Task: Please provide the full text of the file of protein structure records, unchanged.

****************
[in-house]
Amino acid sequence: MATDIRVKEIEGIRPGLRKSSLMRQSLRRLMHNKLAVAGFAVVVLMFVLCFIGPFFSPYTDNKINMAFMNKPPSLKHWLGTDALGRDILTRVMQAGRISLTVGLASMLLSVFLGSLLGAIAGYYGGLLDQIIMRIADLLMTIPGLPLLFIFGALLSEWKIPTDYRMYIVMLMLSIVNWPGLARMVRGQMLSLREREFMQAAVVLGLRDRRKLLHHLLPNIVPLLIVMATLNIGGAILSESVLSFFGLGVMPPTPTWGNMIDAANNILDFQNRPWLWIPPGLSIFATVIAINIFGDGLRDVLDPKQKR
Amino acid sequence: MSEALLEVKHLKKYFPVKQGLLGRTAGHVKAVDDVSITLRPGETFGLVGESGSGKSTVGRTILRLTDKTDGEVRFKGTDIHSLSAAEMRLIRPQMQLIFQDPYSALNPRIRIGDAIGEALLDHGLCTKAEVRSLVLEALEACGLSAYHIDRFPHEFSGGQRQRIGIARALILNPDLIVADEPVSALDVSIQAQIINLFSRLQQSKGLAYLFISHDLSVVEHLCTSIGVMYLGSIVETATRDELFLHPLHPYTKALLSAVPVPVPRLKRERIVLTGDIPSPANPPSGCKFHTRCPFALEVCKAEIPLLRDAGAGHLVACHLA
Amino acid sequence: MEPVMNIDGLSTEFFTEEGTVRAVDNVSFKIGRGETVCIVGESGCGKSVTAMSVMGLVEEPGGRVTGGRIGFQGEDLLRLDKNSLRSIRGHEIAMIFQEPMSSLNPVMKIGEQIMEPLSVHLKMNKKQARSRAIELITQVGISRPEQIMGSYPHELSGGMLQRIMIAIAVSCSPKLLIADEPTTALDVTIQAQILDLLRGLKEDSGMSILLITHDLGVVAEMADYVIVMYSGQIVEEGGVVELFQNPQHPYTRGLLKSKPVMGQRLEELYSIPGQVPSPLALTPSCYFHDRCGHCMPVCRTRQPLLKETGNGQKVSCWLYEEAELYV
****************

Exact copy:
[in-house]
Amino acid sequence: MATDIRVKEIEGIRPGLRKSSLMRQSLRRLMHNKLAVAGFAVVVLMFVLCFIGPFFSPYTDNKINMAFMNKPPSLKHWLGTDALGRDILTRVMQAGRISLTVGLASMLLSVFLGSLLGAIAGYYGGLLDQIIMRIADLLMTIPGLPLLFIFGALLSEWKIPTDYRMYIVMLMLSIVNWPGLARMVRGQMLSLREREFMQAAVVLGLRDRRKLLHHLLPNIVPLLIVMATLNIGGAILSESVLSFFGLGVMPPTPTWGNMIDAANNILDFQNRPWLWIPPGLSIFATVIAINIFGDGLRDVLDPKQKR
Amino acid sequence: MSEALLEVKHLKKYFPVKQGLLGRTAGHVKAVDDVSITLRPGETFGLVGESGSGKSTVGRTILRLTDKTDGEVRFKGTDIHSLSAAEMRLIRPQMQLIFQDPYSALNPRIRIGDAIGEALLDHGLCTKAEVRSLVLEALEACGLSAYHIDRFPHEFSGGQRQRIGIARALILNPDLIVADEPVSALDVSIQAQIINLFSRLQQSKGLAYLFISHDLSVVEHLCTSIGVMYLGSIVETATRDELFLHPLHPYTKALLSAVPVPVPRLKRERIVLTGDIPSPANPPSGCKFHTRCPFALEVCKAEIPLLRDAGAGHLVACHLA
Amino acid sequence: MEPVMNIDGLSTEFFTEEGTVRAVDNVSFKIGRGETVCIVGESGCGKSVTAMSVMGLVEEPGGRVTGGRIGFQGEDLLRLDKNSLRSIRGHEIAMIFQEPMSSLNPVMKIGEQIMEPLSVHLKMNKKQARSRAIELITQVGISRPEQIMGSYPHELSGGMLQRIMIAIAVSCSPKLLIADEPTTALDVTIQAQILDLLRGLKEDSGMSILLITHDLGVVAEMADYVIVMYSGQIVEEGGVVELFQNPQHPYTRGLLKSKPVMGQRLEELYSIPGQVPSPLALTPSCYFHDRCGHCMPVCRTRQPLLKETGNGQKVSCWLYEEAELYV